Now, to the above example, I could have easily told the guy “L2 read tooltips”. But, please. We all know reading is optional in MMOs. All joking aside though, most people don’t like to play games that make them feel like they’re studying. And to someone who thinks reading tooltips is a pain in the ass…well, just wait ’til he gets to the higher levels. I’m going to keep using World of Warcraft as an example because most people are surprised when they hear about the complexities of theory crafting. “Why, that sounds like math!” they say. Uh, yeah, that’s exactly what it is. Pages and pages of mathematical equations exist out there whose sole purpose is to show you why that weapon is your best-in-slot or why you should or shouldn’t be using a particular rotation. That’s why it always makes me laugh when I see comments like “WoW is so easy my 7-year-old daughter can play it!” or “Oh, WoW is just all about button mashing.” Well, I can tell you that none of those people ever raided as a DPS feral druid (Note: experience is based on pre-Patch 3.2 observations). This was a class whose ridiculously complicated “rotation” inspired hilarious works such as this. One can argue that WoW has been dumbed down in many ways, but it’s still not as “mindless” as some claim it to be, not if you wanted to raid or PvP effectively (or in other words, not be bad) and if that’s what it takes to get the most out of my game, I will suck it up and learn, math be damned! The irony here, of course, is that the burnout from theory crafting is part of why I’m taking my indefinite break from the game.
Still, even before you get to this point, the MMO-newcomer has major obstacles to overcome. First, one must learn their way around the user interface. And I’ll tell you, the UIs on some of the MMOs I’ve played look more like mission control for a shuttle launch. Can you say, the hotkey is your friend? Second, there is the language. Like all cultures, members the MMO community use a collection of jargon and slang to communicate with each other. And yes, that includes a healthy dose of acronyms. DPS? PUG? WTS? BoP? LFG? How about WTF? Because that’s what the new MMO player is probably thinking when he reads something like “LF3M Kara, need MT and CC then G2G, PST!”
There’s a lot more I can name that would make the MMO-noob’s head explode, but I think I’ve made my point. A learning curve is something we all have to beat in order to get the most out of our games, and the MMO can pose quite the challenge to someone who has never played one. For some, learning can be fun but it can also be a barrier. A person who doesn’t get it is not going to enjoy themselves, and they’re also going to struggle. Struggling leads to frustration, and a frustrated person doesn’t usually keep doing the thing that’s making them frustrated in the first place. So it doesn’t matter how awesome a game is, if it’s too complicated from the get go, the new MMO player won’t stick around long enough to find out.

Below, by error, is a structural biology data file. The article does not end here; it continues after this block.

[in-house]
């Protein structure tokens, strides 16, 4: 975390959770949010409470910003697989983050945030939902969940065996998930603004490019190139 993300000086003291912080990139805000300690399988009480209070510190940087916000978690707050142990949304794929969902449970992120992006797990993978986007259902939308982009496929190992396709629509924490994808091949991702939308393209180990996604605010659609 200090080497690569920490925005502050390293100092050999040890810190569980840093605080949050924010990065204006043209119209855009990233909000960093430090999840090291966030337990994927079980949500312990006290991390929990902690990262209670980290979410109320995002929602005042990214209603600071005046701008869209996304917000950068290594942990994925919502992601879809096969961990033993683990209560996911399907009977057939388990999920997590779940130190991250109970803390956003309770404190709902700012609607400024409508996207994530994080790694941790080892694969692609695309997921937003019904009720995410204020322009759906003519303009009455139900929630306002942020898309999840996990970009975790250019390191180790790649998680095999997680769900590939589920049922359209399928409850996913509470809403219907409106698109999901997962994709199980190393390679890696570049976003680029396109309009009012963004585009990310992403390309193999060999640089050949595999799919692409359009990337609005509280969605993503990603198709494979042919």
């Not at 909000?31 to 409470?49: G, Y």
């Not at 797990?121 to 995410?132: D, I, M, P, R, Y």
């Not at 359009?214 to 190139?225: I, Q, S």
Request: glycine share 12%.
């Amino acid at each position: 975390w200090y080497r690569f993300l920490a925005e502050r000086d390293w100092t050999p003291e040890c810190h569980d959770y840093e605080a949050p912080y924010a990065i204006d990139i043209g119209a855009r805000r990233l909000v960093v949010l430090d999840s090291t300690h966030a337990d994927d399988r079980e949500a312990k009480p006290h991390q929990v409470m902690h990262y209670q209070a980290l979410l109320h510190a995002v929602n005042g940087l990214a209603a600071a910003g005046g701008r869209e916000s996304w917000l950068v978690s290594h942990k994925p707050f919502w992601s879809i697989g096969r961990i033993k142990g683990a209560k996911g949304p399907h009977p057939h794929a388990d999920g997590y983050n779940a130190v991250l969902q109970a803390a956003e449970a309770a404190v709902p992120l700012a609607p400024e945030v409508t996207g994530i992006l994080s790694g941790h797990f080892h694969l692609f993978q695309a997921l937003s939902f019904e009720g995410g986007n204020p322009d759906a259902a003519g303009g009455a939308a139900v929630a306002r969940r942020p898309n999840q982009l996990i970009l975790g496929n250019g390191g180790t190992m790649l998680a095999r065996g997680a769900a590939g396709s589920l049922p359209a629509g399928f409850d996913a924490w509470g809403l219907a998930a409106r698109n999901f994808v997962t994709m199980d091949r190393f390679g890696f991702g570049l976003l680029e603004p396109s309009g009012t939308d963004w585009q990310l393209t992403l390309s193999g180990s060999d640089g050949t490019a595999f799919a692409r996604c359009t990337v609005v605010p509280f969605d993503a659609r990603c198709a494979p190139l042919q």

For example, my best friend in real life who has never played an MMO couldn’t get into World of Warcraft after playing the 10-day trial. This initially surprised me, considering how much we have in common and the fact we share many interests because of it. But then I thought about it. I may have gotten hooked so quickly because I was fortunate enough to be part of a great guild soon after I started playing. Not only did that social aspect provide me with a fun environment in which to play, the wonderful people in it also helped me understand a lot of the game mechanics in a relatively short period of time. On the other hand, I doubt my friend even had the opportunity to join a guild in her 10 days of playing. God forbid, she might even have encountered the ugly side of the community during her adventures through the low levels. After all, nothing turns a person off faster than being subjected to Barrens chat.
It’s just a shame, as I was probably out of the country at the time my best friend was trying out the game because she never told me about it until after the fact. It makes me wonder if it had anything to do with the learning curve. Could she have gotten into WoW if I had been playing with her and had been there to give her tips? For developers, helping new players beat the learning curve becomes a question of how user-friendly (not the same as “easy”) you can make your game for newcomers to the genre, especially the beginning areas. However, I do believe it is the community that can make most of the difference. So what to do if you’re one of those who are looking to dive into the wonderful world of MMOs but don’t want to be overwhelmed by the deluge of information? Hook up with a friend who already plays! And if that’s not possible, find a supportive guild of like-minded people, stat! Much of what there is to know can only come from more experienced players.